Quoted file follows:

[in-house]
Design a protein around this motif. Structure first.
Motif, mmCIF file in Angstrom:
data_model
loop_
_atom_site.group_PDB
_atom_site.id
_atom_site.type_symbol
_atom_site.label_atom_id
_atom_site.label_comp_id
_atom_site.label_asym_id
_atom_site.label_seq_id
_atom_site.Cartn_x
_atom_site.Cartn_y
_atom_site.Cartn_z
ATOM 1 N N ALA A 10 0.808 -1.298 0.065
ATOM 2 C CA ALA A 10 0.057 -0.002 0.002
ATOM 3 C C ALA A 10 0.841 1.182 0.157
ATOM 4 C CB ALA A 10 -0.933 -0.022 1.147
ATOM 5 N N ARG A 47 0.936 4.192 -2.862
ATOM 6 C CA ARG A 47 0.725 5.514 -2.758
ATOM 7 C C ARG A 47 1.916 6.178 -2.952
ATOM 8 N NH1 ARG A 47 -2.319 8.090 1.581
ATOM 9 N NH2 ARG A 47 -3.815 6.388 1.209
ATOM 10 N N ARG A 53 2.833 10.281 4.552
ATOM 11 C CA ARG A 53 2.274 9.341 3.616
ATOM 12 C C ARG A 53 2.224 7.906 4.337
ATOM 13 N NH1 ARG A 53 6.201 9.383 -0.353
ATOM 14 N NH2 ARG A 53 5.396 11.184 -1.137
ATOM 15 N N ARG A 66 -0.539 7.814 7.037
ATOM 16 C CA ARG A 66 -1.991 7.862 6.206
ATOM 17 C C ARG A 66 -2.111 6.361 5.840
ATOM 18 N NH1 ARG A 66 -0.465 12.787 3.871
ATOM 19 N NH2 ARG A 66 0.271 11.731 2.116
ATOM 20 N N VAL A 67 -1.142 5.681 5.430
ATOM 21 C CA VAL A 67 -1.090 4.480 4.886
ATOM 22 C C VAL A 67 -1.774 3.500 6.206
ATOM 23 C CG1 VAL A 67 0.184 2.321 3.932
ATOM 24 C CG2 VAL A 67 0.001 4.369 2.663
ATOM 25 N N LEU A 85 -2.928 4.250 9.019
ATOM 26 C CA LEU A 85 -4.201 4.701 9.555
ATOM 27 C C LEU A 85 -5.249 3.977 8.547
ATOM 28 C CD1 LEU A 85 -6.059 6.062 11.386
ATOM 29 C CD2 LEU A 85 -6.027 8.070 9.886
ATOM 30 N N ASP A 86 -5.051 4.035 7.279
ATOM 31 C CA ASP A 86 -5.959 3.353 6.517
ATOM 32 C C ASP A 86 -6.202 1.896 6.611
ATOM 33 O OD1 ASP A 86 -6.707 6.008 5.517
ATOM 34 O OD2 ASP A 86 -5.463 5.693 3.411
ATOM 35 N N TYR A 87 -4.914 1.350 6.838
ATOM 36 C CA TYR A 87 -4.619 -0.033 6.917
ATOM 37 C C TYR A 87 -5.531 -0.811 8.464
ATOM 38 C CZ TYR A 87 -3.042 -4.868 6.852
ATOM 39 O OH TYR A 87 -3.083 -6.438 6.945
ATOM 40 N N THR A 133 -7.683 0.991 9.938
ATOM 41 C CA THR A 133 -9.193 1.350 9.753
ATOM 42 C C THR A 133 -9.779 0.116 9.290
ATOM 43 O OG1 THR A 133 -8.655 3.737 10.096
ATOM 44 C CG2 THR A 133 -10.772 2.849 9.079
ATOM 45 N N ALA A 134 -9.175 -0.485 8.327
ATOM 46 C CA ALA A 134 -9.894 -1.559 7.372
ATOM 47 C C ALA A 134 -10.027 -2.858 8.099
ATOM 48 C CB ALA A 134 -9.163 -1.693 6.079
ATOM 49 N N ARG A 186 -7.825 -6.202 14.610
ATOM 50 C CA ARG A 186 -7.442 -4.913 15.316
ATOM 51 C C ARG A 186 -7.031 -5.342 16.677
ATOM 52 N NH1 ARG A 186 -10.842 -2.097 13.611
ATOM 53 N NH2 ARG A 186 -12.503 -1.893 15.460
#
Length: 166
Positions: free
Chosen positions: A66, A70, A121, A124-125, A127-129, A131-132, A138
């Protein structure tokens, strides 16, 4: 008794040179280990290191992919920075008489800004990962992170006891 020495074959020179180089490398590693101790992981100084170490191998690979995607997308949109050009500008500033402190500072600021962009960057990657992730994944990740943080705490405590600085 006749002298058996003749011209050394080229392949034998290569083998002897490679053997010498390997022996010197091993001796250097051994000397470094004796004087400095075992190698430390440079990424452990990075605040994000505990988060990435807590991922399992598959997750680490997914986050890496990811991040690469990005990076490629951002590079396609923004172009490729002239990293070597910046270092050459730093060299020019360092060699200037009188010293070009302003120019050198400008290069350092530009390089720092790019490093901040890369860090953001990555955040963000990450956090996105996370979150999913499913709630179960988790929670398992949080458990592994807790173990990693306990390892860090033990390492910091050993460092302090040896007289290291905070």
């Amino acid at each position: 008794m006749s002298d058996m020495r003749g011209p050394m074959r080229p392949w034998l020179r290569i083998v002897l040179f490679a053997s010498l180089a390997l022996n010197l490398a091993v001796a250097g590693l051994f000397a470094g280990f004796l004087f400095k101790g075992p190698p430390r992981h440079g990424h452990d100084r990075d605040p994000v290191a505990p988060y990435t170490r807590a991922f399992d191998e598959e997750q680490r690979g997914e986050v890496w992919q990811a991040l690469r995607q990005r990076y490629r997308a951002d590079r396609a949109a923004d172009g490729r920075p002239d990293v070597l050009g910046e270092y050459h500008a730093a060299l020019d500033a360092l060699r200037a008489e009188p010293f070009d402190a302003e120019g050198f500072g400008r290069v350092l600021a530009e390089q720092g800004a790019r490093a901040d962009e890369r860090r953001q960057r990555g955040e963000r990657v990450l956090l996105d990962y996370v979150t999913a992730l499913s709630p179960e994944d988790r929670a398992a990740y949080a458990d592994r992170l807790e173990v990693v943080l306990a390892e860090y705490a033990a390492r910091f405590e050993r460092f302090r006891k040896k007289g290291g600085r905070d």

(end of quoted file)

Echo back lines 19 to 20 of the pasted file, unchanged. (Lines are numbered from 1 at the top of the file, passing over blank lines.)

ATOM 4 C CB ALA A 10 -0.933 -0.022 1.147
ATOM 5 N N ARG A 47 0.936 4.192 -2.862